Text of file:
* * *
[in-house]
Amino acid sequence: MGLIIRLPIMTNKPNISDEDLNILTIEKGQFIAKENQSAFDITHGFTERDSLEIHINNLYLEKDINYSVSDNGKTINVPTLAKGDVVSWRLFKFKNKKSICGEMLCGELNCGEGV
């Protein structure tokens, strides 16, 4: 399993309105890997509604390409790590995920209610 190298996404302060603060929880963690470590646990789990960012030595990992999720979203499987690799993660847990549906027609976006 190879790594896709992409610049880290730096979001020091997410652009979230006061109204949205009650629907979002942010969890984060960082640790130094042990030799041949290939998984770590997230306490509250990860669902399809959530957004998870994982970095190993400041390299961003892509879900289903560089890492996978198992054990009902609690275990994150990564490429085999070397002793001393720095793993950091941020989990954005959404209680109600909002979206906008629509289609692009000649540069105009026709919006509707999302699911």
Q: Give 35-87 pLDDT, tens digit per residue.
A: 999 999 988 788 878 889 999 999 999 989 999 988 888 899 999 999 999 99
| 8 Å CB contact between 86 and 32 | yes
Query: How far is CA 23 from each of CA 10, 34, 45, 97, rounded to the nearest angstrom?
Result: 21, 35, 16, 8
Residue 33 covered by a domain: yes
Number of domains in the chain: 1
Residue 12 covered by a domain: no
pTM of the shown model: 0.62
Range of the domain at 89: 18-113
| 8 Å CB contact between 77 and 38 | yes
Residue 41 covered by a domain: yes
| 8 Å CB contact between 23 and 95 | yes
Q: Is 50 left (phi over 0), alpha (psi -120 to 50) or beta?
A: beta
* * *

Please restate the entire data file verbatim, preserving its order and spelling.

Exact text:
[in-house]
Amino acid sequence: MGLIIRLPIMTNKPNISDEDLNILTIEKGQFIAKENQSAFDITHGFTERDSLEIHINNLYLEKDINYSVSDNGKTINVPTLAKGDVVSWRLFKFKNKKSICGEMLCGELNCGEGV
């Protein structure tokens, strides 16, 4: 399993309105890997509604390409790590995920209610 190298996404302060603060929880963690470590646990789990960012030595990992999720979203499987690799993660847990549906027609976006 190879790594896709992409610049880290730096979001020091997410652009979230006061109204949205009650629907979002942010969890984060960082640790130094042990030799041949290939998984770590997230306490509250990860669902399809959530957004998870994982970095190993400041390299961003892509879900289903560089890492996978198992054990009902609690275990994150990564490429085999070397002793001393720095793993950091941020989990954005959404209680109600909002979206906008629509289609692009000649540069105009026709919006509707999302699911």
Q: Give 35-87 pLDDT, tens digit per residue.
A: 999 999 988 788 878 889 999 999 999 989 999 988 888 899 999 999 999 99
| 8 Å CB contact between 86 and 32 | yes
Query: How far is CA 23 from each of CA 10, 34, 45, 97, rounded to the nearest angstrom?
Result: 21, 35, 16, 8
Residue 33 covered by a domain: yes
Number of domains in the chain: 1
Residue 12 covered by a domain: no
pTM of the shown model: 0.62
Range of the domain at 89: 18-113
| 8 Å CB contact between 77 and 38 | yes
Residue 41 covered by a domain: yes
| 8 Å CB contact between 23 and 95 | yes
Q: Is 50 left (phi over 0), alpha (psi -120 to 50) or beta?
A: beta